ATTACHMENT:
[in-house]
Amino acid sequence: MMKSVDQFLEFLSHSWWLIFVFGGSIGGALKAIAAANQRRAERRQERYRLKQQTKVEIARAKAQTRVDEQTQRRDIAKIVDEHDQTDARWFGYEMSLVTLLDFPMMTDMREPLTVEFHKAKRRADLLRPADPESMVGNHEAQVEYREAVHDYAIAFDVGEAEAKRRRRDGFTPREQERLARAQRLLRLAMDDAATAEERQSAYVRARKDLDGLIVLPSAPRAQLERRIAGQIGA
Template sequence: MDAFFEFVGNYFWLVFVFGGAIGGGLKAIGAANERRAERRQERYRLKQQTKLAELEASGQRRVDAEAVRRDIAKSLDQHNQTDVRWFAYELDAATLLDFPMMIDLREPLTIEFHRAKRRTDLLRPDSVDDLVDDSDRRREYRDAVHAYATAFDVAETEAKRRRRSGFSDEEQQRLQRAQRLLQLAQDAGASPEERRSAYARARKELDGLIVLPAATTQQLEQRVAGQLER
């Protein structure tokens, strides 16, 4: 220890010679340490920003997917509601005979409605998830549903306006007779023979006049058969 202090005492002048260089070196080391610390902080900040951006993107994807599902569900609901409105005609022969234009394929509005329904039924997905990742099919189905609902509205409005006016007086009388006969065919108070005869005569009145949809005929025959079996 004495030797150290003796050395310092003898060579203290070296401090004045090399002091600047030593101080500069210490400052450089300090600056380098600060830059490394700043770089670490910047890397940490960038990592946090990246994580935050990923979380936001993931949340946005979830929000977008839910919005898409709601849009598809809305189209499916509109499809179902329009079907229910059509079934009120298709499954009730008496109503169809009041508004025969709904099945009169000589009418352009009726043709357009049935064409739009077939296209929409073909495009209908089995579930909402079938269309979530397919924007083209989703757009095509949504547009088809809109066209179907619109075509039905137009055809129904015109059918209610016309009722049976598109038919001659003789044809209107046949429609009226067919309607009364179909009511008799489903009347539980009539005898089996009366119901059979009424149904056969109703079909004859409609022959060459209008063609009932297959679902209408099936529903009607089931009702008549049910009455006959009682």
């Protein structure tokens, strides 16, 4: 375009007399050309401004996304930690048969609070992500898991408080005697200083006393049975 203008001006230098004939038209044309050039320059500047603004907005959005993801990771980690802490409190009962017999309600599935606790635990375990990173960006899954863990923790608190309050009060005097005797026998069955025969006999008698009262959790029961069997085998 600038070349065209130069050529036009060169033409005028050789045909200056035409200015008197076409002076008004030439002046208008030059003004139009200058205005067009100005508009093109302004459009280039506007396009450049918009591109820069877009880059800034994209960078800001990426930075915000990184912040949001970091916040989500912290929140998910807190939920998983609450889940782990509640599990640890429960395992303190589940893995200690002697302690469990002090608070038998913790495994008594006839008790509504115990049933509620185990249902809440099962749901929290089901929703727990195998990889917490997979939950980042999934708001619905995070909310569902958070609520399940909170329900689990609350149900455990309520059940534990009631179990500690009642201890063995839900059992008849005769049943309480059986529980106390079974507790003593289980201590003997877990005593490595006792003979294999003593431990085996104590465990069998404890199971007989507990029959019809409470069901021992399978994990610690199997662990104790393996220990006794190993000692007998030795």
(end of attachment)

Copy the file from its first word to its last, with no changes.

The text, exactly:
[in-house]
Amino acid sequence: MMKSVDQFLEFLSHSWWLIFVFGGSIGGALKAIAAANQRRAERRQERYRLKQQTKVEIARAKAQTRVDEQTQRRDIAKIVDEHDQTDARWFGYEMSLVTLLDFPMMTDMREPLTVEFHKAKRRADLLRPADPESMVGNHEAQVEYREAVHDYAIAFDVGEAEAKRRRRDGFTPREQERLARAQRLLRLAMDDAATAEERQSAYVRARKDLDGLIVLPSAPRAQLERRIAGQIGA
Template sequence: MDAFFEFVGNYFWLVFVFGGAIGGGLKAIGAANERRAERRQERYRLKQQTKLAELEASGQRRVDAEAVRRDIAKSLDQHNQTDVRWFAYELDAATLLDFPMMIDLREPLTIEFHRAKRRTDLLRPDSVDDLVDDSDRRREYRDAVHAYATAFDVAETEAKRRRRSGFSDEEQQRLQRAQRLLQLAQDAGASPEERRSAYARARKELDGLIVLPAATTQQLEQRVAGQLER
């Protein structure tokens, strides 16, 4: 220890010679340490920003997917509601005979409605998830549903306006007779023979006049058969 202090005492002048260089070196080391610390902080900040951006993107994807599902569900609901409105005609022969234009394929509005329904039924997905990742099919189905609902509205409005006016007086009388006969065919108070005869005569009145949809005929025959079996 004495030797150290003796050395310092003898060579203290070296401090004045090399002091600047030593101080500069210490400052450089300090600056380098600060830059490394700043770089670490910047890397940490960038990592946090990246994580935050990923979380936001993931949340946005979830929000977008839910919005898409709601849009598809809305189209499916509109499809179902329009079907229910059509079934009120298709499954009730008496109503169809009041508004025969709904099945009169000589009418352009009726043709357009049935064409739009077939296209929409073909495009209908089995579930909402079938269309979530397919924007083209989703757009095509949504547009088809809109066209179907619109075509039905137009055809129904015109059918209610016309009722049976598109038919001659003789044809209107046949429609009226067919309607009364179909009511008799489903009347539980009539005898089996009366119901059979009424149904056969109703079909004859409609022959060459209008063609009932297959679902209408099936529903009607089931009702008549049910009455006959009682």
């Protein structure tokens, strides 16, 4: 375009007399050309401004996304930690048969609070992500898991408080005697200083006393049975 203008001006230098004939038209044309050039320059500047603004907005959005993801990771980690802490409190009962017999309600599935606790635990375990990173960006899954863990923790608190309050009060005097005797026998069955025969006999008698009262959790029961069997085998 600038070349065209130069050529036009060169033409005028050789045909200056035409200015008197076409002076008004030439002046208008030059003004139009200058205005067009100005508009093109302004459009280039506007396009450049918009591109820069877009880059800034994209960078800001990426930075915000990184912040949001970091916040989500912290929140998910807190939920998983609450889940782990509640599990640890429960395992303190589940893995200690002697302690469990002090608070038998913790495994008594006839008790509504115990049933509620185990249902809440099962749901929290089901929703727990195998990889917490997979939950980042999934708001619905995070909310569902958070609520399940909170329900689990609350149900455990309520059940534990009631179990500690009642201890063995839900059992008849005769049943309480059986529980106390079974507790003593289980201590003997877990005593490595006792003979294999003593431990085996104590465990069998404890199971007989507990029959019809409470069901021992399978994990610690199997662990104790393996220990006794190993000692007998030795």